People often compare children to puppies, which is a mistake in my view, because few of the similarities are actually relevant and the dissimilarities are numerous. But if making a comparison is appealing, you can get a rough idea of the equivalent maturity between puppies and children by translating “weeks” into “years.” That would mean that this puppy developmental age of twelve to twenty weeks is like human adolescence — a time in human development when kids act out, test boundaries and do all the things that require adults to set limits and enforce them.
TWELVE TO SIXTEEN WEEKS: BECOMING A YOUNG ADULT
We tend to view dogs in this age group as still being puppies — which can be a big mistake. If you demand too little, that’s what you can expect from your dog. We continue to cut a lot of slack to a dog in this age group, permitting her liberties that her own mother and siblings never would if she was still living with her “original pack.” Even though your dog is still puppy-cute, don’t smile on misbehavior and let it slide. You can’t laugh off poor behavior in your puppy any more than a responsible parent would tolerate a prepubescent child “copping an attitude” and thinking they can get away with it. Anything you wouldn’t want a full-grown dog to do, don’t allow your puppy to do — or you will live to regret it or work yourself ragged trying to undo it.
The pup’s personality can go through big (although usually temporary) changes during this period. For a week or two at a time he’ll suddenly seem shy or unsure. You need to be the rock: stay predictable, be consistent in what you expect of him and how you expect him to behave. Just as your parents survived your teenage years and all that they entailed, so you will live through your puppy’s adolescence.
Obedience Training Now! Puppy Classes from Twelve Weeks
As the puppy enters the “juvenile period” by end of the twelfth week, he is ready for obedience training. Dogs mature at a much faster rate than humans: if you view this age-group as representing the early teen years, you’ll know by comparison how firm and clear you need to be with a puppy at this age. Some people believe that the twelve-to-eighteen-week age is an optimum learning time for a puppy, who will develop into a better dog by participating in puppy classes. If such classes are offered in your area, it may be a good investment in your dog’s future and in your relationship with him.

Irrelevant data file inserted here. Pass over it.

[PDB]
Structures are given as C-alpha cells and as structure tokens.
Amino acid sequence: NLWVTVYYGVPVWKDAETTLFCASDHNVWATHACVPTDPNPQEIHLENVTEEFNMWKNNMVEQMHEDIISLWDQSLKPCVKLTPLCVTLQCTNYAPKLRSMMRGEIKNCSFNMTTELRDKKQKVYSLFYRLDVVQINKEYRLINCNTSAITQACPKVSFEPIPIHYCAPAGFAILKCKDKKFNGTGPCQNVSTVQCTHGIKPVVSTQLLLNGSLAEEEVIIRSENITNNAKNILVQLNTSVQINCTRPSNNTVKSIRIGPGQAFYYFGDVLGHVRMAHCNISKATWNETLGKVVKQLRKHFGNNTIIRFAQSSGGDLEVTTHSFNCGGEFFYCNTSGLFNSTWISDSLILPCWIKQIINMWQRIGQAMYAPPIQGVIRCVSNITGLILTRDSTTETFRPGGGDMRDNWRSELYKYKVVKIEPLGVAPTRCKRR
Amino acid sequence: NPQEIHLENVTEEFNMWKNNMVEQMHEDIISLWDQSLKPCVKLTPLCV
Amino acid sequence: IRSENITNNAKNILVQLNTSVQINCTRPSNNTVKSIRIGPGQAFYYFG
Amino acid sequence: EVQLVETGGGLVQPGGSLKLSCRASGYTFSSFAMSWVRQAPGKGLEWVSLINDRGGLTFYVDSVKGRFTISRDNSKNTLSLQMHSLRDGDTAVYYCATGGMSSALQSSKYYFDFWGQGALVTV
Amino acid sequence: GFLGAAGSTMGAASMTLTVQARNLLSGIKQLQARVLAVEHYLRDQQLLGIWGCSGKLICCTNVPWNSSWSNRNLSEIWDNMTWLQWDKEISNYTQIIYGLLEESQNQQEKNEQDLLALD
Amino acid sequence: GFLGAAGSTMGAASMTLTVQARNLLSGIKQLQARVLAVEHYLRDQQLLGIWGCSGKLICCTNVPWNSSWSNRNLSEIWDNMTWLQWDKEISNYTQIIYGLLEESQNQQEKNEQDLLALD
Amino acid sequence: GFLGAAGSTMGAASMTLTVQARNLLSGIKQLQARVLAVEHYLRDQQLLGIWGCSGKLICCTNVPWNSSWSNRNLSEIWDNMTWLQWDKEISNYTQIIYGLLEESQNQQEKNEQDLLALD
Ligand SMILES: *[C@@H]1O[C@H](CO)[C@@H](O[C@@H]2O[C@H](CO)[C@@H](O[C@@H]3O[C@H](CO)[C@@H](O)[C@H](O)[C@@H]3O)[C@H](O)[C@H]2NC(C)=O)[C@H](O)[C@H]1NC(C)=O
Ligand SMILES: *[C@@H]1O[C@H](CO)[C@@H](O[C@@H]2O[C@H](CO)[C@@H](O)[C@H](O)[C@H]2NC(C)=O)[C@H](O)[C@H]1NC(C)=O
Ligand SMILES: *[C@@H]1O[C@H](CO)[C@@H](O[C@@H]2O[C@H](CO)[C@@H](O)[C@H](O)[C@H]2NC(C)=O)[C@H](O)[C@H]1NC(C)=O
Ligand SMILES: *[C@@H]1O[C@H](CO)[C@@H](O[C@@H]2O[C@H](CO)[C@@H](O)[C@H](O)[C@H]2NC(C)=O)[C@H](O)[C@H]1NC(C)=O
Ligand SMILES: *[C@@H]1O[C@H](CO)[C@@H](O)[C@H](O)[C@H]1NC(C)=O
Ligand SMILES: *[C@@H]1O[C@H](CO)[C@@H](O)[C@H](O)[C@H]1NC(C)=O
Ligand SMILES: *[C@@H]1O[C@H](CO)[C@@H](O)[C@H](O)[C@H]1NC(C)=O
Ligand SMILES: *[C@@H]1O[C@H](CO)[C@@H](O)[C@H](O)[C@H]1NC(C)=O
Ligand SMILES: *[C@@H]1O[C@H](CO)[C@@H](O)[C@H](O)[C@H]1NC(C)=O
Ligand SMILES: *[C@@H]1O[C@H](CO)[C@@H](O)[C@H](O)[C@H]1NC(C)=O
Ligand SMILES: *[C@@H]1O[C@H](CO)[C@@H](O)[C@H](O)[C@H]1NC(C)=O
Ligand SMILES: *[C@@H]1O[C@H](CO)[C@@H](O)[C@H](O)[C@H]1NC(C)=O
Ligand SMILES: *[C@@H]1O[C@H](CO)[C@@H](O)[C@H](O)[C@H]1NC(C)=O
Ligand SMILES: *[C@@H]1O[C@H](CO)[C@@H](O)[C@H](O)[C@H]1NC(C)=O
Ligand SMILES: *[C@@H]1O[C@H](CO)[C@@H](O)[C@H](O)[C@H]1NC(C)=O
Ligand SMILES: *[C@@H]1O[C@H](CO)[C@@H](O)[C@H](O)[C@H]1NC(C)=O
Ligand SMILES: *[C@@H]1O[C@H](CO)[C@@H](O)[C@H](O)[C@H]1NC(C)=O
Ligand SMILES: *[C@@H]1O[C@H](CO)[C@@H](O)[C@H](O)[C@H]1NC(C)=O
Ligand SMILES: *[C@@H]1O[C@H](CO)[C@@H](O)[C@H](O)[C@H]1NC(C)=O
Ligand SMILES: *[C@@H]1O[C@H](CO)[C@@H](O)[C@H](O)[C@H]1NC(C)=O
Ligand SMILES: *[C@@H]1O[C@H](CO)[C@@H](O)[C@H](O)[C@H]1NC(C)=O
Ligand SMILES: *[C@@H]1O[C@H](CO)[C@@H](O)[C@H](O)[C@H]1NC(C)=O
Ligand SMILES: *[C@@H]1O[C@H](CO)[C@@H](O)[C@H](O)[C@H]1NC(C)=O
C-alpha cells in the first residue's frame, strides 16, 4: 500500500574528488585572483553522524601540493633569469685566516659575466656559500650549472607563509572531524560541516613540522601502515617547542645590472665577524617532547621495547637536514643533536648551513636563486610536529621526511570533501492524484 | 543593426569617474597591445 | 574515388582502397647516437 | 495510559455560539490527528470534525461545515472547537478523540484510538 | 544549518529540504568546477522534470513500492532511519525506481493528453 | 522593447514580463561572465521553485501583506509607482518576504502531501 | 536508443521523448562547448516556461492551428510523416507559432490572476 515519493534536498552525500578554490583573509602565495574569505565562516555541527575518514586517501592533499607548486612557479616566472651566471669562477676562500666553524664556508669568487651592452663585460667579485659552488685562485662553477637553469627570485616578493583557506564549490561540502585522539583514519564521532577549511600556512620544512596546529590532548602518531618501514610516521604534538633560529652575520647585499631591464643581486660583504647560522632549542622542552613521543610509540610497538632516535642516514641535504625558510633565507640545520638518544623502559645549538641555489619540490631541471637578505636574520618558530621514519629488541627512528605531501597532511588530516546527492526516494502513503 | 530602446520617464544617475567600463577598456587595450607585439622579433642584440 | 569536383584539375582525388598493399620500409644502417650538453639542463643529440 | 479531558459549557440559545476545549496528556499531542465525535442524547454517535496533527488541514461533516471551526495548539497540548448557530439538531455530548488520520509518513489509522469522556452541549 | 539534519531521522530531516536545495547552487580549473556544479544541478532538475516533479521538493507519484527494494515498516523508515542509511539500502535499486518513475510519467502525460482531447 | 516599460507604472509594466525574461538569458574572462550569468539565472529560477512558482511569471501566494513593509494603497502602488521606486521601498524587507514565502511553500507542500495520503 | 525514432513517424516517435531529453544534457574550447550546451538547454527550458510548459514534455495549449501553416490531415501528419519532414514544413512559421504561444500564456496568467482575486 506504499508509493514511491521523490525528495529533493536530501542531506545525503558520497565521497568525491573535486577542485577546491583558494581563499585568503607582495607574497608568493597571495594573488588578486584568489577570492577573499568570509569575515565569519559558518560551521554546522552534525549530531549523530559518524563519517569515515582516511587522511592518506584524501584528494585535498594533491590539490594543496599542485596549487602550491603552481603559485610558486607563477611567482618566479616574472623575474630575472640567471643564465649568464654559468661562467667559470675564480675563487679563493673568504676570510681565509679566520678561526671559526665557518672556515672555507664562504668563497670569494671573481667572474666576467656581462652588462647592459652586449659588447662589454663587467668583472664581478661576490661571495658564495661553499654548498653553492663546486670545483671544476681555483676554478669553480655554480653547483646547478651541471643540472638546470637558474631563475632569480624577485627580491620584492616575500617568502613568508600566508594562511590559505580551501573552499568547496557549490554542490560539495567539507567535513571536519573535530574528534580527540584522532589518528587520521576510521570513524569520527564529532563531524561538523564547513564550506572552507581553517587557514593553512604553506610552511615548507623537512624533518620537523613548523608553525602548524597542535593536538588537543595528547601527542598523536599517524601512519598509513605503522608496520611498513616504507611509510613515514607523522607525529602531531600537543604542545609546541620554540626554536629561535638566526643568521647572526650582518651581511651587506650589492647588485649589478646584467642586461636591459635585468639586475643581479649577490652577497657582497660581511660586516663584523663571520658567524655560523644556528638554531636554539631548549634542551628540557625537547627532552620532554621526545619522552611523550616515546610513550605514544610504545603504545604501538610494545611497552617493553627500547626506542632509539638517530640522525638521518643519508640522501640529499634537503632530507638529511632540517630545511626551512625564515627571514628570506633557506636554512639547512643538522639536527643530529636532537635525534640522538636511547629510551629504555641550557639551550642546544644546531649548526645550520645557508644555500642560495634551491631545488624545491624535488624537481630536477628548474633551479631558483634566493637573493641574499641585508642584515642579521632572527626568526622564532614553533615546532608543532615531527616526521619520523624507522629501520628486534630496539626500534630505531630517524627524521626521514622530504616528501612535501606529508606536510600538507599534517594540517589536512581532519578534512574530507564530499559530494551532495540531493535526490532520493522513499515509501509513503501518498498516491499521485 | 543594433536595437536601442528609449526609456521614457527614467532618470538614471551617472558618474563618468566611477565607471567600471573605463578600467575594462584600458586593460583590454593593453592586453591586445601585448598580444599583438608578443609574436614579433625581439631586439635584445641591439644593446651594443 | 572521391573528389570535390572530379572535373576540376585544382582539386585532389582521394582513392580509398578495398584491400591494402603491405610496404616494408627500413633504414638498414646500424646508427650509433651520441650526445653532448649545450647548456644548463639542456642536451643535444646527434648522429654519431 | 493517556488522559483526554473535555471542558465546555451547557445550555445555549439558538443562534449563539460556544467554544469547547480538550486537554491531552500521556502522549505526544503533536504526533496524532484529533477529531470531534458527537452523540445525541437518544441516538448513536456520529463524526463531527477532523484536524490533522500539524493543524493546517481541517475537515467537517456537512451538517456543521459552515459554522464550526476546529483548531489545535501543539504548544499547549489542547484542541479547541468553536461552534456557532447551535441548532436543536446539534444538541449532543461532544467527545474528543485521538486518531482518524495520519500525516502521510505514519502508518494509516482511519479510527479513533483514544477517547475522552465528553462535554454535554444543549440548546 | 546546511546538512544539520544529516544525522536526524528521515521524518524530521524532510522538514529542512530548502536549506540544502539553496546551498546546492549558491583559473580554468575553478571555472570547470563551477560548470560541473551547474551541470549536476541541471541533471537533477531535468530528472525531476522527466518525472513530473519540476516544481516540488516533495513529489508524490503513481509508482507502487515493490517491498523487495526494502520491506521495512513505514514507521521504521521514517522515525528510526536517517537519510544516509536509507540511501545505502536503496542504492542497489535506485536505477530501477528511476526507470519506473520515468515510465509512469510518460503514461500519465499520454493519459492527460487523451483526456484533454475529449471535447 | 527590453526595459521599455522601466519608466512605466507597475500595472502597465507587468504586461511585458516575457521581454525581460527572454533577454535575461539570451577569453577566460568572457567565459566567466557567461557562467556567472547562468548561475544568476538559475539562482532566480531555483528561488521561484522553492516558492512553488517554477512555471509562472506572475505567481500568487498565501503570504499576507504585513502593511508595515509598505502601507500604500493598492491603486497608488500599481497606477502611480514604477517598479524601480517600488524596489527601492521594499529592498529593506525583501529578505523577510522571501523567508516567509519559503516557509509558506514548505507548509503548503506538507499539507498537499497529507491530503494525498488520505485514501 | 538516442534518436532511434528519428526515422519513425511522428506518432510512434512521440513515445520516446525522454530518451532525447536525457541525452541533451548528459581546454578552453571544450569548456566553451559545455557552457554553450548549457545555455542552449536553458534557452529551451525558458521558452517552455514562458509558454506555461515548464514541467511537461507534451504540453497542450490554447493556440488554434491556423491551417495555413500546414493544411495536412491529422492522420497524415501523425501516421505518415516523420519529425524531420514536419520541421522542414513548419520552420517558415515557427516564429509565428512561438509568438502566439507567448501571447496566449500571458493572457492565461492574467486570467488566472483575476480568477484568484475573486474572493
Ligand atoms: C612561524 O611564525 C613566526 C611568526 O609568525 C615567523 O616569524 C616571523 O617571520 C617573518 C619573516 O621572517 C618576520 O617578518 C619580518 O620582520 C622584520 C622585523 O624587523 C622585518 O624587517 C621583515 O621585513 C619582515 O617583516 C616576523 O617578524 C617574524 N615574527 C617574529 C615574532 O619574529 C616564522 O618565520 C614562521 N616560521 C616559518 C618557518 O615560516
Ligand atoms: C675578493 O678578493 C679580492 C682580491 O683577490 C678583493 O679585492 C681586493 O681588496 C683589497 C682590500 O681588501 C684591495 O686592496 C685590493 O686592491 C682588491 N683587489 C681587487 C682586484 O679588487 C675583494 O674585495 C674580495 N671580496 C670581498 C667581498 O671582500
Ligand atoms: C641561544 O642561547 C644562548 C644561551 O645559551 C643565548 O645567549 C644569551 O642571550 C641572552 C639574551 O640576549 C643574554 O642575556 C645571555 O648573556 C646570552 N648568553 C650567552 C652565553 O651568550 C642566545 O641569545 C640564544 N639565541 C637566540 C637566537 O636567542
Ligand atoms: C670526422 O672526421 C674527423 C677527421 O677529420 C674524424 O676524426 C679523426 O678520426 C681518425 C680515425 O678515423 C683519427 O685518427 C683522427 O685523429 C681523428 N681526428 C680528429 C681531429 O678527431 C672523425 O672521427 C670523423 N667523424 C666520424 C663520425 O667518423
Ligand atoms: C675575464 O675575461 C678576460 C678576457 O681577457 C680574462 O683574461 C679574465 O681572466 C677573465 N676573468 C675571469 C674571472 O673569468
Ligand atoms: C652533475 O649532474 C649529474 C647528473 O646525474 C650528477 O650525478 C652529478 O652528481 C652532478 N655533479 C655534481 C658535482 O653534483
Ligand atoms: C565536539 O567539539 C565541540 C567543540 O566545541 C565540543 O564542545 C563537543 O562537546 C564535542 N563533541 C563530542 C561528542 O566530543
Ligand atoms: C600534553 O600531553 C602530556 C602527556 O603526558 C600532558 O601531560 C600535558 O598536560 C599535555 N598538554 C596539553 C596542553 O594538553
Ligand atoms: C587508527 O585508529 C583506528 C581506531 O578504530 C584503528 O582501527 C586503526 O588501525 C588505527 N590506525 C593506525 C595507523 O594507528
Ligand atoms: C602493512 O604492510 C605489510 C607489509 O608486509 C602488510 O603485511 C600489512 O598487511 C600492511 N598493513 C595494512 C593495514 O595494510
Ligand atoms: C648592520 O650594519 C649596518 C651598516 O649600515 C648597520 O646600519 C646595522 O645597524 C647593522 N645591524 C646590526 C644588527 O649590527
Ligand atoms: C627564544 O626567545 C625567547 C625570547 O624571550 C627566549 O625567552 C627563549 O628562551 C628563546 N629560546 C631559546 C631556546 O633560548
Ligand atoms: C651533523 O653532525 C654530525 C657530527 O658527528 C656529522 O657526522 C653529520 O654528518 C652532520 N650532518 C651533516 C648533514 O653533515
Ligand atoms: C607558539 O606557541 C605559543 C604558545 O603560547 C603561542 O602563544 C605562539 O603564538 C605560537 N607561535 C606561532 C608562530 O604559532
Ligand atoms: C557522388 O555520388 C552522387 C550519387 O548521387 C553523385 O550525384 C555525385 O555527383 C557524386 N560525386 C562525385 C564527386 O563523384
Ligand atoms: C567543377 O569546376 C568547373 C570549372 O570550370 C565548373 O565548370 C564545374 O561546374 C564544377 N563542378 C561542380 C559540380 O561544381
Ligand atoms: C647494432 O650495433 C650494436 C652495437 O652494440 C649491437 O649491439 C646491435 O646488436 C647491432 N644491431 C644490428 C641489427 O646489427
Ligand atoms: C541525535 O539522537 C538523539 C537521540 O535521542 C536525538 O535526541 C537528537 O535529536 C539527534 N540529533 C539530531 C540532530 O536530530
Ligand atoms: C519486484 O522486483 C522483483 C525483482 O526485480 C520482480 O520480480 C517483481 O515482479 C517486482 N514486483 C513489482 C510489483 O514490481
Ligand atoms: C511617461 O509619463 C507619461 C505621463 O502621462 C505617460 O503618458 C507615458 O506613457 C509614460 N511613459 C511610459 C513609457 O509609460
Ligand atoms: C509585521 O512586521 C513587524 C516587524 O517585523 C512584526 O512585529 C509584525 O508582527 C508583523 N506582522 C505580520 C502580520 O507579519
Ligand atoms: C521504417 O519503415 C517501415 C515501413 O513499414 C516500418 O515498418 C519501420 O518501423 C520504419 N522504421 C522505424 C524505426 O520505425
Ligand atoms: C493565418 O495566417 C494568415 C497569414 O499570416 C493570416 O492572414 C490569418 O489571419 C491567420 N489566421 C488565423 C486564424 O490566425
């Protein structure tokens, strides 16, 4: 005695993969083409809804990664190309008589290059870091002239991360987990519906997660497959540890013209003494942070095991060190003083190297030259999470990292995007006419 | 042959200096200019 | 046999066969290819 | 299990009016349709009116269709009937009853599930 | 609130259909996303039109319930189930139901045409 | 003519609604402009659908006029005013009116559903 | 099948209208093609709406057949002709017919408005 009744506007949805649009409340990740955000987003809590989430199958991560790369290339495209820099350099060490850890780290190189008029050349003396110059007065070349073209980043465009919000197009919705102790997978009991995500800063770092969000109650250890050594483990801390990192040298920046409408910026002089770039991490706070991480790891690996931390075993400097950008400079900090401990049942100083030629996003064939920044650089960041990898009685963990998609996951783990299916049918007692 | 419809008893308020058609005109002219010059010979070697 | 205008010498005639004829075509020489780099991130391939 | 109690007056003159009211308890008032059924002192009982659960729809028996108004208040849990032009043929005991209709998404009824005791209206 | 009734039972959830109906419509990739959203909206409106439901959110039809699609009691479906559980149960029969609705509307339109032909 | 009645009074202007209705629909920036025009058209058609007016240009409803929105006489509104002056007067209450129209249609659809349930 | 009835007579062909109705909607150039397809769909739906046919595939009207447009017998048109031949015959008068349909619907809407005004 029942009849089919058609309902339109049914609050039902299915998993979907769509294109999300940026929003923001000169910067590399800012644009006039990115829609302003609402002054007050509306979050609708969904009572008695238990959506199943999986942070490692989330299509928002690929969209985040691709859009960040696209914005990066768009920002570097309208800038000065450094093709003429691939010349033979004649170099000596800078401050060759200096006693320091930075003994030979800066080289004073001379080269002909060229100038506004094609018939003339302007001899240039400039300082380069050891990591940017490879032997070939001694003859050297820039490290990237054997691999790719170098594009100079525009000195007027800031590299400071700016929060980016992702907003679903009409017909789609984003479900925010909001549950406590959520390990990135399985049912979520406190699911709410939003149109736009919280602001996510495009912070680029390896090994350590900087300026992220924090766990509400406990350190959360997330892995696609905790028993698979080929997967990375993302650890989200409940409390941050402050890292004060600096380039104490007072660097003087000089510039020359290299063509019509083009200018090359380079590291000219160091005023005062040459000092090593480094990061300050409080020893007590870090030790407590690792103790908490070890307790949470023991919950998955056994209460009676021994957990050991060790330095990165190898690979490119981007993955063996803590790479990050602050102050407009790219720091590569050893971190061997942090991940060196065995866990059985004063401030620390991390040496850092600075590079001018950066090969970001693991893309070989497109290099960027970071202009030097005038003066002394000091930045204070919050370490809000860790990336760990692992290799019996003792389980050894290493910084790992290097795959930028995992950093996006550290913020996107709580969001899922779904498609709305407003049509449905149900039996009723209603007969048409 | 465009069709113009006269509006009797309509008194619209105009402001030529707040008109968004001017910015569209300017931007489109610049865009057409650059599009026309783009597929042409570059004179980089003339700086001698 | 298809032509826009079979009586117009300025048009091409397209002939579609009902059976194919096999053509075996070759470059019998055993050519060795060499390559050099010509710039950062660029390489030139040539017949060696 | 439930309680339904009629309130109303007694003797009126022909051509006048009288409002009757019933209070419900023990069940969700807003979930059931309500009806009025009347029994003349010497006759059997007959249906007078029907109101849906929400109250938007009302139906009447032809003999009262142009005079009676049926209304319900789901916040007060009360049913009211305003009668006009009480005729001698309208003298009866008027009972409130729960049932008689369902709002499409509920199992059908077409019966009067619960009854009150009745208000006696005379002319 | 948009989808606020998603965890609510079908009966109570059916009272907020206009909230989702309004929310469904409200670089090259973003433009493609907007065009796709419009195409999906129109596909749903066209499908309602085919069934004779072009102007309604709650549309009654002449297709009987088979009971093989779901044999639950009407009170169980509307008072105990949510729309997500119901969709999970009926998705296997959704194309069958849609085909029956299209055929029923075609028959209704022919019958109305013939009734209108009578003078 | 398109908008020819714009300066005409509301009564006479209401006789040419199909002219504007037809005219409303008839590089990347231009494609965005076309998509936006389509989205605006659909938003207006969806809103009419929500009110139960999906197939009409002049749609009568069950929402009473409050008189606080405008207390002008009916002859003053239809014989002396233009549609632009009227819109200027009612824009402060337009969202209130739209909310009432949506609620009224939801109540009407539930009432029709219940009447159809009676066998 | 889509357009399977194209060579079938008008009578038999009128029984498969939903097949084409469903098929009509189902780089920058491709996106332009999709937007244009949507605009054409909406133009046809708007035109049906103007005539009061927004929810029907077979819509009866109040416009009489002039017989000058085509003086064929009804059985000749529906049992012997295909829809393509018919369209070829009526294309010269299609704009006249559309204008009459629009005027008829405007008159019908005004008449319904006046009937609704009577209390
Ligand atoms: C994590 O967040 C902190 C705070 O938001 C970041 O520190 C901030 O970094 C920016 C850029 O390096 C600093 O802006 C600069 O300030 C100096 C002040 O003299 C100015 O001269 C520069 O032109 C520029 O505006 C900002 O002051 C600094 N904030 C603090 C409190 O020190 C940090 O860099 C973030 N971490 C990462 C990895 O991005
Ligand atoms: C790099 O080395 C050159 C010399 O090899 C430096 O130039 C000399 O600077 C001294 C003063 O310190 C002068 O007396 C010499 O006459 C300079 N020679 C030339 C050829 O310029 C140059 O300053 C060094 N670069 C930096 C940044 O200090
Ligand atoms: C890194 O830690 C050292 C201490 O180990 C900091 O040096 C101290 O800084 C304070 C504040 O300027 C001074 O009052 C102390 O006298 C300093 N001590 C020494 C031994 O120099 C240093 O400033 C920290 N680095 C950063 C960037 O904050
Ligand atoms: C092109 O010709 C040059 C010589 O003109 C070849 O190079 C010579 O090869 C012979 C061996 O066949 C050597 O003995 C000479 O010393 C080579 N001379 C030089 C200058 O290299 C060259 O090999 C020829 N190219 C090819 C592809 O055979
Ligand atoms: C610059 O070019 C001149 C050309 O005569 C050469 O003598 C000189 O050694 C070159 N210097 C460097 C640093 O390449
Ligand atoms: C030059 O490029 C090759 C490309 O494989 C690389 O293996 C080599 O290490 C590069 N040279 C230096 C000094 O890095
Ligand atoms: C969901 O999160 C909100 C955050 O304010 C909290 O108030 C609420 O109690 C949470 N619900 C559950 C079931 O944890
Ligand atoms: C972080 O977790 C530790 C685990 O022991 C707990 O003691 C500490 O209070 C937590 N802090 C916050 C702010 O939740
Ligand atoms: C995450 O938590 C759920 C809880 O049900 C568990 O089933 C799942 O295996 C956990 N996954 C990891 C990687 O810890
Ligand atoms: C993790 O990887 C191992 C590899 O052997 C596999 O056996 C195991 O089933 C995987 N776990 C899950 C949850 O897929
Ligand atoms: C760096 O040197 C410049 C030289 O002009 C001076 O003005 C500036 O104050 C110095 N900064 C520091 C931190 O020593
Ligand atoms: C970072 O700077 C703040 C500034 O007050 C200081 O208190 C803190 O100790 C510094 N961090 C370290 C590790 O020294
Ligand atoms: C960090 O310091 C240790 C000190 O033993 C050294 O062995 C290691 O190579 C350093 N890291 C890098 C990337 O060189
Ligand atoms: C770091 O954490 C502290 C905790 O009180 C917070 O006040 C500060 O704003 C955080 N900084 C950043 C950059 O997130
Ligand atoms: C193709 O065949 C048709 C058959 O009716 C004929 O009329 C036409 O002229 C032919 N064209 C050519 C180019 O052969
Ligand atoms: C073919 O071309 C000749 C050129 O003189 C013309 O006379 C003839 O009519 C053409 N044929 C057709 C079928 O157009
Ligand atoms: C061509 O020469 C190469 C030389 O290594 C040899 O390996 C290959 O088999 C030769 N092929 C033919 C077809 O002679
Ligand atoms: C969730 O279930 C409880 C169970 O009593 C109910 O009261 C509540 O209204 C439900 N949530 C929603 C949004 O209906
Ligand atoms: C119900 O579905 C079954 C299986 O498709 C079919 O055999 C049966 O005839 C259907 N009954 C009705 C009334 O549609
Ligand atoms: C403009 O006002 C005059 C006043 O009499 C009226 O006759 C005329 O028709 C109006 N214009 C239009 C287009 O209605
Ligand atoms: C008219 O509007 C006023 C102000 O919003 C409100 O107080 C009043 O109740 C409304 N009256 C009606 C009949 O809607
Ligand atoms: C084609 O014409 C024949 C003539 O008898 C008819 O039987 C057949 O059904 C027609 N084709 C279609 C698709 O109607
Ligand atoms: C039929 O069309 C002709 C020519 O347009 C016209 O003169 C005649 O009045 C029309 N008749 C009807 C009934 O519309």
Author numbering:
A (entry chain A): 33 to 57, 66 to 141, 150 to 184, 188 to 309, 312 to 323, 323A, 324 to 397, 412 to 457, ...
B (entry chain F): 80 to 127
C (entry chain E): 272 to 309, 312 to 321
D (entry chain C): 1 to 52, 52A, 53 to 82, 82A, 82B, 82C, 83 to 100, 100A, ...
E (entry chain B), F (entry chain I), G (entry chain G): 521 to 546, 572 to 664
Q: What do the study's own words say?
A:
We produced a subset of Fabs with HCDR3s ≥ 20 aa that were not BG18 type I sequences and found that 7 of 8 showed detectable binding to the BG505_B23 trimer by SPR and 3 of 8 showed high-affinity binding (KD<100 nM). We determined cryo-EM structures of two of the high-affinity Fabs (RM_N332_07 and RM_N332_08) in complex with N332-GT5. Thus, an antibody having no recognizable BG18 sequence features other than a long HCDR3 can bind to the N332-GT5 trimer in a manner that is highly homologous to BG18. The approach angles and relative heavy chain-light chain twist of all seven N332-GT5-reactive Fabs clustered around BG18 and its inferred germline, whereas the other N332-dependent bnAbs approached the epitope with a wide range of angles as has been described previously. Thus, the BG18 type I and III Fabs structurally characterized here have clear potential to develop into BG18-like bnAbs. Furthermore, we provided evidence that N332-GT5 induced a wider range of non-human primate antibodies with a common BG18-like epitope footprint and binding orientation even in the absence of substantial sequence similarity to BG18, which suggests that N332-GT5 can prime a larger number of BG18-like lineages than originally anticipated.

Most puppy classes encourage the whole family to attend so that everyone can be aware of basic health-care issues and simple training. Children can be guided in how to handle themselves and their puppy, getting that relationship off to a good start.
The classes should be aimed at having fun and meeting other puppies and their owners — a training system based on positive praise and rewards will make the class enjoyable for both of you. Getting used to other dogs is an important part of the puppy’s socialization, and doing so in a group under a watchful eye is a good place to start. This is the age when most puppies should have gotten all of their vaccinations, which makes it safe to mingle with other dogs.
Next Installment: Raising a Great Puppy: Six To Fourteen Months: Puberty And Adolescence
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Copyright © Tracie Hotchner – Originally appeared in The Dog Bible: Everything Your Dog Wants You to Know by Tracie Hotchner
Photo credit: yasmapaz & ace_heart via photopin cc